At least six killed as tornadoes batter the US
A fast-moving storm system triggered multiple tornadoes last night that killed at least six people and flattened large parts of a town in Illinois as it tore across the Midwest, authorities said.
The tornadoes leveled scores of homes and demolished entire neighborhoods. Some 80 tornado reports were received, along with 358 reports of damaging winds and 40 reports of large hail, according to Rich Thompson, a lead forecaster with the weather service's Storm Prediction Center in Norman, Oklahoma.
Traffic was halted briefly at Chicago's two major airports, and tens of thousands of people in several states lost power.
By early Monday three people were reported killed in Massac County, two in Washington County and one in the city of Washington, in Tazewell County, said Patti Thompson of the Illinois Emergency Management Agency.
The National Weather Service confirmed preliminary EF-4 tornado damage in Washington County in southern Illinois, with winds of 166 to 200 miles (267-322 km) per hour.
The unusual late-season storms moved dangerously fast, tracking east at 60 miles per hour (97 kph), with the bulk of the damage spanning about five hours, Thompson said. Wind damage threats continued across Pennsylvania and New York.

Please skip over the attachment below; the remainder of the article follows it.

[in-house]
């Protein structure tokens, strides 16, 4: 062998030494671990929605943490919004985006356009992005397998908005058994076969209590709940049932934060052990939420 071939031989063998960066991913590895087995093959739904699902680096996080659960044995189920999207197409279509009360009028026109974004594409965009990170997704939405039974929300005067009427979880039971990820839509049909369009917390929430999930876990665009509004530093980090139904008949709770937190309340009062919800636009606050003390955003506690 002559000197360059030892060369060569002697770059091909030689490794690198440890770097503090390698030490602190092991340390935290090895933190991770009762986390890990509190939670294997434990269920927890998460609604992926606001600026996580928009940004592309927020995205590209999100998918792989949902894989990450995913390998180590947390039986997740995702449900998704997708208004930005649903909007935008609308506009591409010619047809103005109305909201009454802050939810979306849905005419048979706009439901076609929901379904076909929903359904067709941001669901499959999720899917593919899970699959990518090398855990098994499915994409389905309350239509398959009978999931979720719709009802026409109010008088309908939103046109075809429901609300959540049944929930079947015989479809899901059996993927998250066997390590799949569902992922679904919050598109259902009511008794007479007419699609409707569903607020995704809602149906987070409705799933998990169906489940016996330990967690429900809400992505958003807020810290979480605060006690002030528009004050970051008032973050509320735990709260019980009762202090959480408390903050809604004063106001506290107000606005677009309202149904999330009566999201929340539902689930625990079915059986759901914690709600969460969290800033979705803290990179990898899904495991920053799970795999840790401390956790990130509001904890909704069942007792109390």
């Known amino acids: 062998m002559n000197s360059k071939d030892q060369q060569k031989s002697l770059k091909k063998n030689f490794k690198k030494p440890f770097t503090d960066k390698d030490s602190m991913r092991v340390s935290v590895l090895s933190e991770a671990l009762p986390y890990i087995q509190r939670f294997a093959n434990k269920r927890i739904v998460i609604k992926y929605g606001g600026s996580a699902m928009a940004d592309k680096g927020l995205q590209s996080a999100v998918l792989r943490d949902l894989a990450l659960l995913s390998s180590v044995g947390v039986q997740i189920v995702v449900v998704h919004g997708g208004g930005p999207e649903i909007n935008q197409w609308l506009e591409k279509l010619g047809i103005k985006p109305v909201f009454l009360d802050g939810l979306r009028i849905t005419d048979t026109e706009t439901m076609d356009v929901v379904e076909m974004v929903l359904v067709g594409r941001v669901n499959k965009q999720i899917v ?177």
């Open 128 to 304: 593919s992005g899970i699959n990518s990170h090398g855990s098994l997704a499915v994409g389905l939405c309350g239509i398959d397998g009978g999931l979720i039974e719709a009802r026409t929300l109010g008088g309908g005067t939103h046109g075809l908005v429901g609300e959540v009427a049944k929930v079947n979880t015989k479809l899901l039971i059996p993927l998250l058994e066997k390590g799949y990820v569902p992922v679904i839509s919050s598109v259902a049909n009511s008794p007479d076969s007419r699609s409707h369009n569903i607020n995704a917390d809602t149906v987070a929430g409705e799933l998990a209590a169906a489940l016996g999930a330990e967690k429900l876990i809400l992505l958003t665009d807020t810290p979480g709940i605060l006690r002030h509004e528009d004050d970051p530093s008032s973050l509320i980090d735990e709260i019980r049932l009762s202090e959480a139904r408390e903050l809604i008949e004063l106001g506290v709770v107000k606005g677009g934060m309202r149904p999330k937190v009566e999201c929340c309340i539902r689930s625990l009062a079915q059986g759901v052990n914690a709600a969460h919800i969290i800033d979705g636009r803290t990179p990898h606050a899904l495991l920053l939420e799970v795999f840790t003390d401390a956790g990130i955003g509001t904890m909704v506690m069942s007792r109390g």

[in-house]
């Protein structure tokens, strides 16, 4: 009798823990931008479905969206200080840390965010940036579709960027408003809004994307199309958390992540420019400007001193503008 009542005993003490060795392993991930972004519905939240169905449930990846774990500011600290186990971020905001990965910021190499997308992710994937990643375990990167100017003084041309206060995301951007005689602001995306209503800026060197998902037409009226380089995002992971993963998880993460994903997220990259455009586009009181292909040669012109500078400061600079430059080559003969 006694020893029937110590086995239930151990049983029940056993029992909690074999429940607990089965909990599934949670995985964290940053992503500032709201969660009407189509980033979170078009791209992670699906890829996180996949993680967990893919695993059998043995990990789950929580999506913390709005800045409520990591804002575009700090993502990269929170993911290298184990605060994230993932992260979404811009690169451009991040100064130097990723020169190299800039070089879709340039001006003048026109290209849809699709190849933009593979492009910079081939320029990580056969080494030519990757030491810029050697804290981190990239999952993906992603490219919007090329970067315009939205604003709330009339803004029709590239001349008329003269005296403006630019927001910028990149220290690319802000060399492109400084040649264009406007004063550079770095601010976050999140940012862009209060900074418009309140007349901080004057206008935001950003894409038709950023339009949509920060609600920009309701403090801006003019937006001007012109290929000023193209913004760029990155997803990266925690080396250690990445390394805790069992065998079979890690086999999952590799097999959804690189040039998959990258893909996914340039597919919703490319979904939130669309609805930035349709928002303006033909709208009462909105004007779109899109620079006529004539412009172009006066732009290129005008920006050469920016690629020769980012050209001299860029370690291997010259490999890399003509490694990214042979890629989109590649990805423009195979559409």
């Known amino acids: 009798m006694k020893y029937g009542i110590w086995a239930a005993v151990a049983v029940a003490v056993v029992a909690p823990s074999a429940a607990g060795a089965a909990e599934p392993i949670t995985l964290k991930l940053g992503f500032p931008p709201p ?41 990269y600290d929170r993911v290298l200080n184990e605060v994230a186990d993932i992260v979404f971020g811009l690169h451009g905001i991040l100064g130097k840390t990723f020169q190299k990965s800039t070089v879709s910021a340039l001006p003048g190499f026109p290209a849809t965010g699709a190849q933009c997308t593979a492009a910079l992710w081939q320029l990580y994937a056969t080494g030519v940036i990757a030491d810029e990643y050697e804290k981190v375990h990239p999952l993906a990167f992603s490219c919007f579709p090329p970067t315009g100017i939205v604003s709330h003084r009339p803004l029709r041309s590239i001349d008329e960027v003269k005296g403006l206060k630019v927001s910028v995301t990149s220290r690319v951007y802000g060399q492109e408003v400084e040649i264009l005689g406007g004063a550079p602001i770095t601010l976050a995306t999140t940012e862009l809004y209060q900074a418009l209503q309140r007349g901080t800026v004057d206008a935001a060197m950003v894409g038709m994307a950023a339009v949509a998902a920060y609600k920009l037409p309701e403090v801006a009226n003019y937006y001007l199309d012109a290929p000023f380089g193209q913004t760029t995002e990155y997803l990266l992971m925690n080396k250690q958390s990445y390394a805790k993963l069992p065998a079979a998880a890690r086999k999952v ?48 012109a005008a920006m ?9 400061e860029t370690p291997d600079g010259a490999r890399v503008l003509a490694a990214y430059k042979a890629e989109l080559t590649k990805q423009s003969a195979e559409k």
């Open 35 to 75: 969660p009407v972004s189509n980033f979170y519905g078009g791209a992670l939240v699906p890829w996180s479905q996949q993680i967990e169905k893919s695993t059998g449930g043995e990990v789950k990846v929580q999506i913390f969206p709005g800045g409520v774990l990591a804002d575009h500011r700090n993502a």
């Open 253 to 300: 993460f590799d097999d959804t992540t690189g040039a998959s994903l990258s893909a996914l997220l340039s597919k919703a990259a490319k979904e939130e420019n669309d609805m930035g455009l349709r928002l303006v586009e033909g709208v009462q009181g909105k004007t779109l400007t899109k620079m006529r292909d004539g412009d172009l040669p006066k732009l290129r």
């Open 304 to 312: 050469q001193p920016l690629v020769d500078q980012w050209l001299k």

The town of Washington, 145 miles (233 km) southwest of Chicago, was hit hard as tornadoes tore through Indiana and Kentucky, Illinois and a small corner of Ohio.
"The devastation is just unbelievable," said Mayor Gary Manier. Hundreds of homes were destroyed, one person was killed and 31 were being treated for injuries in nearby Peoria.
"I can't imagine people walked away from these places," Manier said of the devastation in the town of 15,000.
Two people, an 80-year-old man and his 78-year-old sister, were killed in Washington County, Illinois, about 200 miles (320 km) south of Peoria, County coroner Mark Styninger said.
Three others were killed in Massac County, Illinois, on the Kentucky border where a tornado devastated several neighborhoods, emergency officials said.
Sara Sparkman, a spokeswoman for the Tazewell County, Illinois health department, told Reuters: "We have reports of homes being flattened, roofs being torn off ... We have actual whole neighborhoods being demolished by the storm."
More people were feared trapped in their basements under debris, said Illinois State Police spokeswoman Monique Bond.
The American Red Cross worked with emergency management officials to set up shelters and provide assistance.
The Washington tornado came out of a fast-moving system that originally headed toward Chicago, forcing a delay of a Chicago Bears-Baltimore Ravens NFL game as it threatened a large swath of the Midwest.